A Panera Bread building, without all of the New England touches some Planning and Zoning Commissioners would like, appears to be headed for approval. The commission will deliberate and vote on the plan on Jan. 2.
The Panera Bread with a drive-thru would be built in Town Line Plaza at 205 Monroe Turnpike and the developer sees the nationally known restaurant as a catalyst to attract other tenants to the center, which was approved in 2018.
“I’d hate to miss out on this, because we want to do some tweaking,” Vice Chairman Michael O’Reilly said at Thursday’s meeting. “I would approve it as is.”
That seemed to be the prevailing sentiment among commissioners.
The mixed-use retail development is already approved for a Noble gas station and convenience store, medical office space and a restaurant. A modification is needed for Panera Bread replace the restaurant building in the plan, along with a special permit to allow the drive-thru.
A tug of war
Panera Bread’s designers agreed to go with a pitched roof design and Kevin Solli, the engineer for the applicant, said they would agree to change vertical siding to horizontal lap siding.
However, if the commission pushes for more changes to the building, Solli said the restaurant chain is willing to walk away.
“We told them we have to make this look as New England as we can and their designers said we have to keep this a Panera Bread,” Solli told the commission.
There has been a tug of war between town officials trying to ensure the building is not industrial looking and Panera Bread’s designers, who strive for brand awareness and consistency in their buildings.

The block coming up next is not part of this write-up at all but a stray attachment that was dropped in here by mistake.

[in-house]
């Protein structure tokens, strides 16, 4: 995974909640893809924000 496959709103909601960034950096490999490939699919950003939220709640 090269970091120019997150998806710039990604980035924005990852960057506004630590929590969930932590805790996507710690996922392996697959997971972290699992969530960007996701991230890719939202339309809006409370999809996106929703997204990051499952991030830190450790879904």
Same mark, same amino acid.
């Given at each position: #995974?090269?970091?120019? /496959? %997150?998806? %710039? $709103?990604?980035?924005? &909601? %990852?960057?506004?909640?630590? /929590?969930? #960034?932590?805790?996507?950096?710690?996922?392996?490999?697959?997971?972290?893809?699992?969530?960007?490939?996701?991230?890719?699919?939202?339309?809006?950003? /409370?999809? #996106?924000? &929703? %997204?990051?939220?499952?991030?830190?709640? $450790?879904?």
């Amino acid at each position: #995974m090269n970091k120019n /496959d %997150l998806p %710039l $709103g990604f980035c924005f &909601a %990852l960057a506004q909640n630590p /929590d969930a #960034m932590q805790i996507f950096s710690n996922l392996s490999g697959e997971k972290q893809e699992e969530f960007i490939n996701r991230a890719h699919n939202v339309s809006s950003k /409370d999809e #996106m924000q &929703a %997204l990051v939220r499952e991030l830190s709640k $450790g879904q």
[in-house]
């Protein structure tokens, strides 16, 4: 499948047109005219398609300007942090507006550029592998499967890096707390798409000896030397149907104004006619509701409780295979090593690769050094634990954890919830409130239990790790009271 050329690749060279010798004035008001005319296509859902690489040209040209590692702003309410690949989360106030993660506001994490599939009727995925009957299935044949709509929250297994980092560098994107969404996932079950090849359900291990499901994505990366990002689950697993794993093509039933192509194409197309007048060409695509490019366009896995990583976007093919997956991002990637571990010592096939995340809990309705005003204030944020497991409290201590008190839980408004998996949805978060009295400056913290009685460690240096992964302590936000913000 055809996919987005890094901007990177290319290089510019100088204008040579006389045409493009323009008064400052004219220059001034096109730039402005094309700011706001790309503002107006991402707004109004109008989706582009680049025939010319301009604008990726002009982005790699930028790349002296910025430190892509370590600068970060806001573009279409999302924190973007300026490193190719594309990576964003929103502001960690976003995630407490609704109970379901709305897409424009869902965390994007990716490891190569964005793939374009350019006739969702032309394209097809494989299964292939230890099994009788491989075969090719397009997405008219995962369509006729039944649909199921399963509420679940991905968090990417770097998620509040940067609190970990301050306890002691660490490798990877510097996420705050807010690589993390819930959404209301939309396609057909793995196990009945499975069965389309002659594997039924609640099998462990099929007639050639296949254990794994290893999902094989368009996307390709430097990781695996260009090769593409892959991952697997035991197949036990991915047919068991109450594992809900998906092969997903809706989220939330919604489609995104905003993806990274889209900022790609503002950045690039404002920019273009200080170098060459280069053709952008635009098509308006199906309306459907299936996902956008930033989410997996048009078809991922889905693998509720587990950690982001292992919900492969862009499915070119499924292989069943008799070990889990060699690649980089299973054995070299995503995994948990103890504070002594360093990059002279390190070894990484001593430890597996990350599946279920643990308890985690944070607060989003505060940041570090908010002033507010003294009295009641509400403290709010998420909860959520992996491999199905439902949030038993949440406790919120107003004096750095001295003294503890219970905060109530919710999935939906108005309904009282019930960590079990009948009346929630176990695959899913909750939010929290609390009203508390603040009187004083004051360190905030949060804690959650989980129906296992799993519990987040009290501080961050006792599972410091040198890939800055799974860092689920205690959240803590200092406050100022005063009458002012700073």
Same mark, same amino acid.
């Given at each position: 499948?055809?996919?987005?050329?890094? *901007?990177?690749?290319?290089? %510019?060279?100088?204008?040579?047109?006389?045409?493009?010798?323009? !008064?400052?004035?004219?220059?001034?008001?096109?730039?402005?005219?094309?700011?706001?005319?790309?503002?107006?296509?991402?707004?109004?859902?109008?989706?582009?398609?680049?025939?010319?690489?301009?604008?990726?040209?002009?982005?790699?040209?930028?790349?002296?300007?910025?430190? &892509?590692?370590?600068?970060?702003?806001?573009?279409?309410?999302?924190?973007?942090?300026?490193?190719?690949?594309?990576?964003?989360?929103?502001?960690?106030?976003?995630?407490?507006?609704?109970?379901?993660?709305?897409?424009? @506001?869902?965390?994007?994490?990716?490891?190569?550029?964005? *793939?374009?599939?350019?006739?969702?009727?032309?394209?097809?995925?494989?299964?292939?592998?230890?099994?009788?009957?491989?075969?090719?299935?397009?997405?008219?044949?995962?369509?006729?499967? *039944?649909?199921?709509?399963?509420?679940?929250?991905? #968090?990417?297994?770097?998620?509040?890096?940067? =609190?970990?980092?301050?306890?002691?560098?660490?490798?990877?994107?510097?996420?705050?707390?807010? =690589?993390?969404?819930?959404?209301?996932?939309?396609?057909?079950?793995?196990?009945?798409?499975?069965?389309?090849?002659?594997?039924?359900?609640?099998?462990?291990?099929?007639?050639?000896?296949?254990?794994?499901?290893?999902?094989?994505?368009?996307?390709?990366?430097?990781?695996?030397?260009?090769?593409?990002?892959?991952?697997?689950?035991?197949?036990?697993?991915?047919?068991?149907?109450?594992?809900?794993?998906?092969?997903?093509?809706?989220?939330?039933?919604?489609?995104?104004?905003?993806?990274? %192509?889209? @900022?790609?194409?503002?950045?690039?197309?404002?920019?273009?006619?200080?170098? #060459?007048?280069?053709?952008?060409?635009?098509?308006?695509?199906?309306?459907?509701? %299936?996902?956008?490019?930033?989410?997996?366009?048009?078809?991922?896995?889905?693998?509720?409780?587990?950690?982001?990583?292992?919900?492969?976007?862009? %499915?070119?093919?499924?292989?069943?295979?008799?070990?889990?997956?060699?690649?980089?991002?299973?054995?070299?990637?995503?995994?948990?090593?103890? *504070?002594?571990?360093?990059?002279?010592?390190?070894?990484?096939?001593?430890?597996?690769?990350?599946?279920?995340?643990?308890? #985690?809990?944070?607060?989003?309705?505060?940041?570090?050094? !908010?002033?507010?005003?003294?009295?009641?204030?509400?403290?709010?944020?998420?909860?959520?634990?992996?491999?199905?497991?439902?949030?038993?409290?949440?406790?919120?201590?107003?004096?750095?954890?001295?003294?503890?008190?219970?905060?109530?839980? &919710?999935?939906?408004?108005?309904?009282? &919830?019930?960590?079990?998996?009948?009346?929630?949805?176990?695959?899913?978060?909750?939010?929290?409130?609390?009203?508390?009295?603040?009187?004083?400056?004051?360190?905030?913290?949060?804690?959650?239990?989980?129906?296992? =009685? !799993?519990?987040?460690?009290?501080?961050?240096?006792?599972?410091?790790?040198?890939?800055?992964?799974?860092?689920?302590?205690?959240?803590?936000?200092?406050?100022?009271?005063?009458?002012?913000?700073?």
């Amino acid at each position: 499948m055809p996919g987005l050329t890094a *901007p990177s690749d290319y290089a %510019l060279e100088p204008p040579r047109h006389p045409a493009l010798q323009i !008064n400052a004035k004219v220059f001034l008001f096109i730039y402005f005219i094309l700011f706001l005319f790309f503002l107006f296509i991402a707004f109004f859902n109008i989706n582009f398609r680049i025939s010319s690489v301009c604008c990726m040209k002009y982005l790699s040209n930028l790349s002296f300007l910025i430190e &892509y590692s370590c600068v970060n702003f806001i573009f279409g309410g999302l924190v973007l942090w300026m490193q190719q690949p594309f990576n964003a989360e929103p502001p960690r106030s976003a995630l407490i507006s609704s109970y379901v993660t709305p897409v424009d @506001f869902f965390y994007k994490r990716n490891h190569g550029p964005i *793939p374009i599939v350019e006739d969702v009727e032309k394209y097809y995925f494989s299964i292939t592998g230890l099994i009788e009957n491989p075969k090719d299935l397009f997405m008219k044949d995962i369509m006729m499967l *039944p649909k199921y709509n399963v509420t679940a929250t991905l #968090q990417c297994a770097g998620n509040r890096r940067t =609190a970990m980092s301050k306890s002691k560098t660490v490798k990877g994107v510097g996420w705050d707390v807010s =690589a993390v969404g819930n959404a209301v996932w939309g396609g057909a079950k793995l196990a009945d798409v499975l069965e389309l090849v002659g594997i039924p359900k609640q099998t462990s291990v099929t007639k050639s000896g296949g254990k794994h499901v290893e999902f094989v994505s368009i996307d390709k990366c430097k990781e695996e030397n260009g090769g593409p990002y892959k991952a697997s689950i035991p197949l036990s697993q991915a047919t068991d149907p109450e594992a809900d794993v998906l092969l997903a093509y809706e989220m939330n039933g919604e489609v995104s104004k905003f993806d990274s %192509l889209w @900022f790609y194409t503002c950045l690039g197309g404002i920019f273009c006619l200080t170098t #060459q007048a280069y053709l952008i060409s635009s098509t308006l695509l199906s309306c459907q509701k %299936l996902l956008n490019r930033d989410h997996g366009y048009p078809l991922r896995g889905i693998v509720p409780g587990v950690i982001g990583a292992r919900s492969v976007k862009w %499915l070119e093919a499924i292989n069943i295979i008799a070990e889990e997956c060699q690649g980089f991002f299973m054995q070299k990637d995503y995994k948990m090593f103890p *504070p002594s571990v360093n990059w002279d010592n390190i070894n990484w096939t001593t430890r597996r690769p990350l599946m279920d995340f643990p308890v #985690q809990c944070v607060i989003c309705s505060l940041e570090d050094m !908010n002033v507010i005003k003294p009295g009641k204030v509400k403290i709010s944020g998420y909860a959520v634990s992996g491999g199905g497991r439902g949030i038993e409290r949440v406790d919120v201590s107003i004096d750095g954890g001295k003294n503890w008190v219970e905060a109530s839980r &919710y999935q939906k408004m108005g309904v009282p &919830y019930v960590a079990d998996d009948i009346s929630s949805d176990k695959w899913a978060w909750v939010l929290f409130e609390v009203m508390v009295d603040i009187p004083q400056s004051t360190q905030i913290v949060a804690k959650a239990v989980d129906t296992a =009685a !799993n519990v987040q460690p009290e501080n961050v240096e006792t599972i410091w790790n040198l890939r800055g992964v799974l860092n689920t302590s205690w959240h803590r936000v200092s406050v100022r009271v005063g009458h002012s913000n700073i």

Planning and Zoning Commission Chairman William Porter showed a slideshow of commercial buildings approved in Monroe like Union Savings Bank, Duchess, Goodwill and Monroe Diner to stress architectural features such as pitched roofs, cupolas and clapboard siding.
Porter wanted the Panera Bread building to have another angled component to make it less like a box.
The Architectural Review Board missed a meeting due to snow and, though it is only an advisory board, Porter gave Solli the option of going before the ARB one more time. But Solli said his client already received input from the board and he sees no reason to go back.
A preview board
The 3,245-square-foot Panera Bread building with a 480-square-foot patio would have 49 parking spaces and a drive-thru with a preview board and a menu board.
Solli said the preview board allows customers to see what the restaurant has to offer, before getting to the menu board and placing an order. He said McDonald’s already has one.
But Will Agresta, the planning and zoning administrator, said the McDonald’s preview board is illegal. Porter said Monroe’s zoning regulations do not include a mention of preview boards.
Because the regulations are silent on preview boards, Solli said he did not think it would be a problem to approve it. But Porter said the commission has waived requirements in the past and lost cases in court because of it.
Porter said the commission’s Regulations Subcommittee can work on an amendment to the regulations to allow preview boards. Then the commission can hold a public hearing and vote on it.
Solli expressed concern over a delay killing the deal between landlord and tenant. If the commission approves the application without the preview board, he said Panera Bread will pull out, because it wants to apply for a building permit with everything included.
Once the regulations are amended, Agresta said he could add the preview sign administratively in 10 minutes. But the landlord said Panera Bread wants it included in its lease.
The landlord said he could make it a condition of the lease, allowing Panera Bread to walk away if it is not included within 60 days. Because of Christmas and New Year’s, Porter asked if it could say 75 days.
Planning and Zoning Commission members appeared confident the preview board will not be a problem. A Regulations Subcommittee meeting was scheduled for 5:30 p.m. on Jan. 6 to discuss the issue.